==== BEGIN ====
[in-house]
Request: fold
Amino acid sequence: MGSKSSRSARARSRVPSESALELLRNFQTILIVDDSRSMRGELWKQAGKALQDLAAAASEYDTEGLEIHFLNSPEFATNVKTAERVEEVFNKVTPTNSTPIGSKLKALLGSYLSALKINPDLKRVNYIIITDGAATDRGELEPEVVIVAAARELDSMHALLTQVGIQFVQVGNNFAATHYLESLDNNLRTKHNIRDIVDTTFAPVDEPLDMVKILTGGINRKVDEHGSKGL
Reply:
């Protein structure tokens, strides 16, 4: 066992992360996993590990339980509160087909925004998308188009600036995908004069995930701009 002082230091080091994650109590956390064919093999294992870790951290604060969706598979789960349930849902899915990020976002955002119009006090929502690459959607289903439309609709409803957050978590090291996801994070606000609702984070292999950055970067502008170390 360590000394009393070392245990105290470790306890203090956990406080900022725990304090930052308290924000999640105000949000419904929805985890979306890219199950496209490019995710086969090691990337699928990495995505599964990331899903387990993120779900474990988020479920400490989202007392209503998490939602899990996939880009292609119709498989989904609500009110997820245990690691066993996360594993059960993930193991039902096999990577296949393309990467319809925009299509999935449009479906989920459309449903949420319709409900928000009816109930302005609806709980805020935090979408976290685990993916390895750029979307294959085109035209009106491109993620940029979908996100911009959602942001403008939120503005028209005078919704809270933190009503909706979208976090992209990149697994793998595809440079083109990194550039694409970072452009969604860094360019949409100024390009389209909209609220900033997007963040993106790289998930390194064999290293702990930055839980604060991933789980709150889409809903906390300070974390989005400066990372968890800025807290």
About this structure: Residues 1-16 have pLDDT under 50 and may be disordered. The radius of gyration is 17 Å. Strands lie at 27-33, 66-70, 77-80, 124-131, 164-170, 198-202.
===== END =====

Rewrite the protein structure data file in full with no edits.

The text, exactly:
[in-house]
Request: fold
Amino acid sequence: MGSKSSRSARARSRVPSESALELLRNFQTILIVDDSRSMRGELWKQAGKALQDLAAAASEYDTEGLEIHFLNSPEFATNVKTAERVEEVFNKVTPTNSTPIGSKLKALLGSYLSALKINPDLKRVNYIIITDGAATDRGELEPEVVIVAAARELDSMHALLTQVGIQFVQVGNNFAATHYLESLDNNLRTKHNIRDIVDTTFAPVDEPLDMVKILTGGINRKVDEHGSKGL
Reply:
């Protein structure tokens, strides 16, 4: 066992992360996993590990339980509160087909925004998308188009600036995908004069995930701009 002082230091080091994650109590956390064919093999294992870790951290604060969706598979789960349930849902899915990020976002955002119009006090929502690459959607289903439309609709409803957050978590090291996801994070606000609702984070292999950055970067502008170390 360590000394009393070392245990105290470790306890203090956990406080900022725990304090930052308290924000999640105000949000419904929805985890979306890219199950496209490019995710086969090691990337699928990495995505599964990331899903387990993120779900474990988020479920400490989202007392209503998490939602899990996939880009292609119709498989989904609500009110997820245990690691066993996360594993059960993930193991039902096999990577296949393309990467319809925009299509999935449009479906989920459309449903949420319709409900928000009816109930302005609806709980805020935090979408976290685990993916390895750029979307294959085109035209009106491109993620940029979908996100911009959602942001403008939120503005028209005078919704809270933190009503909706979208976090992209990149697994793998595809440079083109990194550039694409970072452009969604860094360019949409100024390009389209909209609220900033997007963040993106790289998930390194064999290293702990930055839980604060991933789980709150889409809903906390300070974390989005400066990372968890800025807290």
About this structure: Residues 1-16 have pLDDT under 50 and may be disordered. The radius of gyration is 17 Å. Strands lie at 27-33, 66-70, 77-80, 124-131, 164-170, 198-202.